I am so sorry that this has uprooted many of your plans and hopes for the end of your high school career. We don’t know what is coming down the pike, but I do know how valuable our senior traditions are each year.  While I can’t provide you with specific dates or action plans at this time, please know that I am working diligently to ensure you get to experience your rights of passage in some way, shape, or form.  Also, you are so loved.  None of us are going to let this time of your lives pass by without adequate celebration.  Great – now I have tears in my eyes thinking about you.  I am sure no one is shocked.  Suffice to say, I am going to do everything I can to make this special and meaningful for you.

Words for Reflection

As we close, I want to provide you with some Scripture, a quote, and a prayer. If these are at all helpful, please use them. Start a group text with some friends or with your NightLife small group. Talk about them around the dinner table. Use them to do your own quiet time. Take these words to heart and know that you are never alone.

In John chapter 10, Jesus is talking to the Pharisees after performing a miracle. During this talk, He spends time using farming metaphors and shares one of His “I Am” sayings – I am the Good Shepherd. In verse 10, Jesus says, “The thief comes only to steal and kill and destroy. I came that they may have life and have it abundantly.” We have the offering of abundant life in Christ. And while these days might make you feel anxious or upset, my hope is that we cling to the Promise that Jesus is with us. I am working hard to strike a balance between appropriate precautions and unnecessary fear, and trusting in Jesus is making all the difference.

I have shared the following quote in several places over the past few days, but these are words that are giving me such comfort and encouragement.

“I am one in whom Christ dwells and delights.  I live in the strong and unshakeable kingdom of God.  The kingdom is not in trouble and neither am I.” – James Bryan Smith

Prayer for Uncertainty

Holy God, we believe that You are in our midst even when your hearts are troubled and our minds race with anxious thoughts. Calm our fears and remind us that You are our Refuge and Strength. We ask You to be a source of Light and Peace. Shine in the darkness. Send your Spirit to offer Hope. Teach us how to trust in You.


Friends, I want to be accessible to you during these hards days. Please let me know if there is anything I can do during this season to provide support to you. And if you have anything you think the group might like to hear about, just let me know!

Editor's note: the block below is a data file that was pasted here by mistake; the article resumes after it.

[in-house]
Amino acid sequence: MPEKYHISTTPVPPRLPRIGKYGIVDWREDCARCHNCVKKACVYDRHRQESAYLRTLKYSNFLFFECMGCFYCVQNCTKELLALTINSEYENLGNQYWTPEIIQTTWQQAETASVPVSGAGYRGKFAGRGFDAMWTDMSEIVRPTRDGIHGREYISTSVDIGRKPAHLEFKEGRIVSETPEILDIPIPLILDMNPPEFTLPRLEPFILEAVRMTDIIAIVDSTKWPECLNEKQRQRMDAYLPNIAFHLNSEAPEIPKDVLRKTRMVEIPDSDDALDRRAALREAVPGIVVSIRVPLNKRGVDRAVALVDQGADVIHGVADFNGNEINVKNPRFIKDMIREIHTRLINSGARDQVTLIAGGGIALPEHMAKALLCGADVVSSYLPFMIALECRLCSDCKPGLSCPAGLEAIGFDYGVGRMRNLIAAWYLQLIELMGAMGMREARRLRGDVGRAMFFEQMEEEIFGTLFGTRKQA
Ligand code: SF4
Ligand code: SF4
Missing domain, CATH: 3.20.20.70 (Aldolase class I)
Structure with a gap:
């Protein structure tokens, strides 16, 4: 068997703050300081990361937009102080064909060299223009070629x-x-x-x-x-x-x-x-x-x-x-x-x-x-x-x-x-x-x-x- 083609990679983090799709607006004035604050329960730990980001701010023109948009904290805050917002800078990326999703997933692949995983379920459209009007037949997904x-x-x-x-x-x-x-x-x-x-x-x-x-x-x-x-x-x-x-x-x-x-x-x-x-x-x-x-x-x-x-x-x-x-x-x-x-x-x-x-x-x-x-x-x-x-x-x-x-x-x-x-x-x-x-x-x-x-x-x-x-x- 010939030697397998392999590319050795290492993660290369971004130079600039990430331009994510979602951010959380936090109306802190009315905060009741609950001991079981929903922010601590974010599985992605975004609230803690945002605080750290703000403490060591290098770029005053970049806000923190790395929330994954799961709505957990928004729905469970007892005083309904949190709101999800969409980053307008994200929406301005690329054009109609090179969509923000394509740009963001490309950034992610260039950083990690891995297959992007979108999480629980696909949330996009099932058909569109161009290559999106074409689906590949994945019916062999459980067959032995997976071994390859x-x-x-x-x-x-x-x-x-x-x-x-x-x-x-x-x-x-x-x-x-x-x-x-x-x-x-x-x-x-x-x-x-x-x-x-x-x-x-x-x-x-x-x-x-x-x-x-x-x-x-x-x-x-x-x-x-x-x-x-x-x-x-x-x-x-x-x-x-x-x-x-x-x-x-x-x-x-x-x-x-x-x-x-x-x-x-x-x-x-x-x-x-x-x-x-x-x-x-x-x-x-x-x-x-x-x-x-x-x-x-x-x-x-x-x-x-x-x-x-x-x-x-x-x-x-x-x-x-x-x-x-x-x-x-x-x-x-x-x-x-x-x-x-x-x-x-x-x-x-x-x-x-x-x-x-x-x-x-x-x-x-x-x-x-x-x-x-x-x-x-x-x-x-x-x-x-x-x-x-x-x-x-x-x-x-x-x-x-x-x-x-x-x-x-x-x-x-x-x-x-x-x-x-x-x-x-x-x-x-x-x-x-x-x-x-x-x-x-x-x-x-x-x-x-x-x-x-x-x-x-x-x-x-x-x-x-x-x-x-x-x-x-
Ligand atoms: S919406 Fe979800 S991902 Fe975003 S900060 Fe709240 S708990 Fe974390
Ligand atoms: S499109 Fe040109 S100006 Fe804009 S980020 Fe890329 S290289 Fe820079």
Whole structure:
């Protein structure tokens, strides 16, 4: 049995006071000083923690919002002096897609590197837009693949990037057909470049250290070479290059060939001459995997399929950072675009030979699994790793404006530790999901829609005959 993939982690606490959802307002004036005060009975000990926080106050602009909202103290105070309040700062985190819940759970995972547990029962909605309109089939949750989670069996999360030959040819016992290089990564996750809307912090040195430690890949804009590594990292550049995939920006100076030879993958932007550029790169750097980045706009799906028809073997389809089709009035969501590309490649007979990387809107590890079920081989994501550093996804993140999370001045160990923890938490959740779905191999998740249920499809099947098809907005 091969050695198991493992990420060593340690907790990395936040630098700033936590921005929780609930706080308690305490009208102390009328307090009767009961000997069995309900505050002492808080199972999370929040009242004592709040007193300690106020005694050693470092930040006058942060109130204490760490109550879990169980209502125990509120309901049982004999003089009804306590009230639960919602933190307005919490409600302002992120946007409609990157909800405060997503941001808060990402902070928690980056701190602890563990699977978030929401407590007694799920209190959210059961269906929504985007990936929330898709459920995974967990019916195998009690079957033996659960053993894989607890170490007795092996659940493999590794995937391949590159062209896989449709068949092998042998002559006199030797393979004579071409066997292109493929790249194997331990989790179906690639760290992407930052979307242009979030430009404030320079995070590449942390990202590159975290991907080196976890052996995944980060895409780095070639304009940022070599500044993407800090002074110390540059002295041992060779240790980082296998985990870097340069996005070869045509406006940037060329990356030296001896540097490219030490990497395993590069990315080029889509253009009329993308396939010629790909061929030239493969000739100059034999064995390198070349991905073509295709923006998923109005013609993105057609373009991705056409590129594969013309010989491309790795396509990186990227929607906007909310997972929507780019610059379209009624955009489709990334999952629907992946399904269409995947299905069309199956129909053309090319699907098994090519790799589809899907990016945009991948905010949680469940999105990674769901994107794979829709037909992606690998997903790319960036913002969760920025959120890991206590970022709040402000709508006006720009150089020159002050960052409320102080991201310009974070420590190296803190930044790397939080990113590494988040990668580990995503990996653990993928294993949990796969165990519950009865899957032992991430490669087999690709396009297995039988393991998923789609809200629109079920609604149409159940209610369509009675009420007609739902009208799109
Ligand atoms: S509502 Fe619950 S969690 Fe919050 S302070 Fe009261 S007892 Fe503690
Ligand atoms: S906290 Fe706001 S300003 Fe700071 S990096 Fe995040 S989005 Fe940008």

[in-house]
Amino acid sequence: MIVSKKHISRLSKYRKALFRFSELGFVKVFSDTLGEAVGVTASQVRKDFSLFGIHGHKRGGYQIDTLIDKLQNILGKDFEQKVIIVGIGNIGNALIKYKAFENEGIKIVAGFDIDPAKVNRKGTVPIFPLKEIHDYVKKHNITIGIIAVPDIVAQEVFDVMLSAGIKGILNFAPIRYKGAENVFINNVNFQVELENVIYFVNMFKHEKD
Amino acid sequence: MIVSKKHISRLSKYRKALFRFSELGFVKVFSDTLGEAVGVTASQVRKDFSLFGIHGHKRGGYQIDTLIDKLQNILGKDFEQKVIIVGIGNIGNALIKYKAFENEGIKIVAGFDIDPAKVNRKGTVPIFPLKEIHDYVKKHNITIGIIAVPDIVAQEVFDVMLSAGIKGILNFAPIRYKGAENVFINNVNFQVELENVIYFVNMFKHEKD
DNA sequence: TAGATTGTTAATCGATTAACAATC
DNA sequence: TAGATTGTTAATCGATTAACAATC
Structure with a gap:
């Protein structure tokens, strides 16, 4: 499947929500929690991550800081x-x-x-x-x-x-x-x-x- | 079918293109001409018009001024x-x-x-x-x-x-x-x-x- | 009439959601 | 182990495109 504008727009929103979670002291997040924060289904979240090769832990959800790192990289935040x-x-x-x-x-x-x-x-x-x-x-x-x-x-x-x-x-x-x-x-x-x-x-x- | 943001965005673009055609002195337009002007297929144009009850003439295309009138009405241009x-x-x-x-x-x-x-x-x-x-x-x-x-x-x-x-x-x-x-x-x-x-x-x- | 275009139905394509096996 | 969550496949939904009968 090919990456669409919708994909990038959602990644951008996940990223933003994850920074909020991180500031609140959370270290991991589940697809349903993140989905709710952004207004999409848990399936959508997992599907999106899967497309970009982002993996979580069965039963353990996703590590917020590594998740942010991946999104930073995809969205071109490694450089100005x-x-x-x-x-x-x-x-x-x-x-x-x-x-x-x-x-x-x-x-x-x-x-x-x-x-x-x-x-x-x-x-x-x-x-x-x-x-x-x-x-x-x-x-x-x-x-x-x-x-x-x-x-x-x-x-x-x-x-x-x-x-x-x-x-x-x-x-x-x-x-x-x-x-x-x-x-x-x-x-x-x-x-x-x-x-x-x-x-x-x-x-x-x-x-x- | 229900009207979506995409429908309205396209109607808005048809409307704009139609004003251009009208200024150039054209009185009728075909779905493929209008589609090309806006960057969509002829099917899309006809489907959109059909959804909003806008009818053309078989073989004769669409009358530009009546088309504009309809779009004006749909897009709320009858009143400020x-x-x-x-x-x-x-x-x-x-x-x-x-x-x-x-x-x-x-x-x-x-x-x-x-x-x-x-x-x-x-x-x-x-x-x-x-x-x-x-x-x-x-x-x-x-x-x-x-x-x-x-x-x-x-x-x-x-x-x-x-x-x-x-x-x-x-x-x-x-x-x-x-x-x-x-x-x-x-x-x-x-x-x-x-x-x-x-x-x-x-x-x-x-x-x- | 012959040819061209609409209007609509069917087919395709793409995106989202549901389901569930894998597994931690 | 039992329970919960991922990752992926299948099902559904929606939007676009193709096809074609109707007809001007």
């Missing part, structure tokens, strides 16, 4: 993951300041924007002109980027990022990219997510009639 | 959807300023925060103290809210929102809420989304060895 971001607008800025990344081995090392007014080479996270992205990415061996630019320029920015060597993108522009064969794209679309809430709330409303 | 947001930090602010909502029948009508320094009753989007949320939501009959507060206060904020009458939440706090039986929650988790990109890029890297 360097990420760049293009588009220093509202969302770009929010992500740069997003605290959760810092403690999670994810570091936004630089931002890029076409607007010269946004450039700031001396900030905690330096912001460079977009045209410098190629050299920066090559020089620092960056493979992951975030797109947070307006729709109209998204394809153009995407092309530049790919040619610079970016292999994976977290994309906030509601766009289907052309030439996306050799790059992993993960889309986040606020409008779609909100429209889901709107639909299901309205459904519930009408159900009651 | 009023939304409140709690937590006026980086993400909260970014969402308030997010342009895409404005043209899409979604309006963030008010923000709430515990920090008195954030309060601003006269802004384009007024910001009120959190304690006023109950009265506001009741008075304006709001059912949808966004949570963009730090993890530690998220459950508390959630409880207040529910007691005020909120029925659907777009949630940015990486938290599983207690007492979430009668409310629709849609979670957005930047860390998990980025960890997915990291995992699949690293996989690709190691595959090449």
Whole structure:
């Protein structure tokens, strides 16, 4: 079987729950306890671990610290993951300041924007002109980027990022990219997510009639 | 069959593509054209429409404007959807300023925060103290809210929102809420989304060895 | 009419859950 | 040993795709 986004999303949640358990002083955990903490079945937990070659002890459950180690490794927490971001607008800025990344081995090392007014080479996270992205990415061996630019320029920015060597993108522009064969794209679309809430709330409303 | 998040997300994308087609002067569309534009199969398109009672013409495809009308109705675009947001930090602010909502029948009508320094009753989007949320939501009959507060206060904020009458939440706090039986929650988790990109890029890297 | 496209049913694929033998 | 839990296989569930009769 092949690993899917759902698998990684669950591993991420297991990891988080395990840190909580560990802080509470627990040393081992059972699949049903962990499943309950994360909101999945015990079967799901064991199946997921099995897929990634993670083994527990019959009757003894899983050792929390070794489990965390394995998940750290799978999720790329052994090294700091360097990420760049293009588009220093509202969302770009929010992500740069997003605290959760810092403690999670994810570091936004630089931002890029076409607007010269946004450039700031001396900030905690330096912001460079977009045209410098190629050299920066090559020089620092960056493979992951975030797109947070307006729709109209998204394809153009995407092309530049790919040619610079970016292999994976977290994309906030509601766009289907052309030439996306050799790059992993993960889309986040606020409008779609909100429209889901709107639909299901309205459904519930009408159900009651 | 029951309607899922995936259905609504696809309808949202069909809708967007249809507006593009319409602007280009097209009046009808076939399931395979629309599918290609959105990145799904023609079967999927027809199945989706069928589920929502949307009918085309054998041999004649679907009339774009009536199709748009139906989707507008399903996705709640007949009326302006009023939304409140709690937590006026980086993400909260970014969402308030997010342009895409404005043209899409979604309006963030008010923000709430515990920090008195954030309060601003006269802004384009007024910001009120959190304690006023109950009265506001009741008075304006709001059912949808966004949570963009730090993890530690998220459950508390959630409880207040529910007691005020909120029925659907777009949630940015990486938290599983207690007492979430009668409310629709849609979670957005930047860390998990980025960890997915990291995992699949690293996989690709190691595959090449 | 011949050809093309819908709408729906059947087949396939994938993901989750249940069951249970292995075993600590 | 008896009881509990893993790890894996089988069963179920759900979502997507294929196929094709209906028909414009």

All my love,


On December 1, church members and guests welcomed the Christian new year (Advent) with a potluck dinner, fellowship, a performance of Christmas songs by our youngest choir, and plenty of festive crafts at our annual Advent Craft Festival. Enjoy photos and a video of the event below.

Watch a performance by our youngest choir!

Meet our youth intern Hadley!


Hadley O’Hara

School Info

Sophomore at The University of Tennessee, Knoxville
English Major with a Minor in Secondary Education

What you want to be “when you grow up”?

When I grow up, my dream is to be a High School English teacher and be able to pour into students. I hope to encourage them to be the best version of themselves and realize that education and a hunger for learning will open many doors and ultimately improve our society and communities.

If you could eat one food for the rest of your life, what would it be?

If I could eat one food for the rest of my life, it would be Chick-Fil-A waffle fries, with ranch of course!

What made you want to pursue this internship?

I wanted to pursue this internship so that I could give back to the program that gave so much to me growing up as a member. I wanted to get to love on students and help them realize the enormous love and grace a relationship with Christ offers.

What are some ways you experience God’s presence?

Some of the ways I experience God’s presence is through other people and the callings God places in my life. This could look like a friend responding or affirming something too perfectly to lack God’s presence or a nudge in a direction that places me slightly outside my comfort zone.

What do you wish you could tell your younger self?

I wish I could tell my younger self that you will have people that will be able to walk with you through the valleys and mountaintops. I would tell her that the mountaintops will not be too steep and you will be stronger on the other side.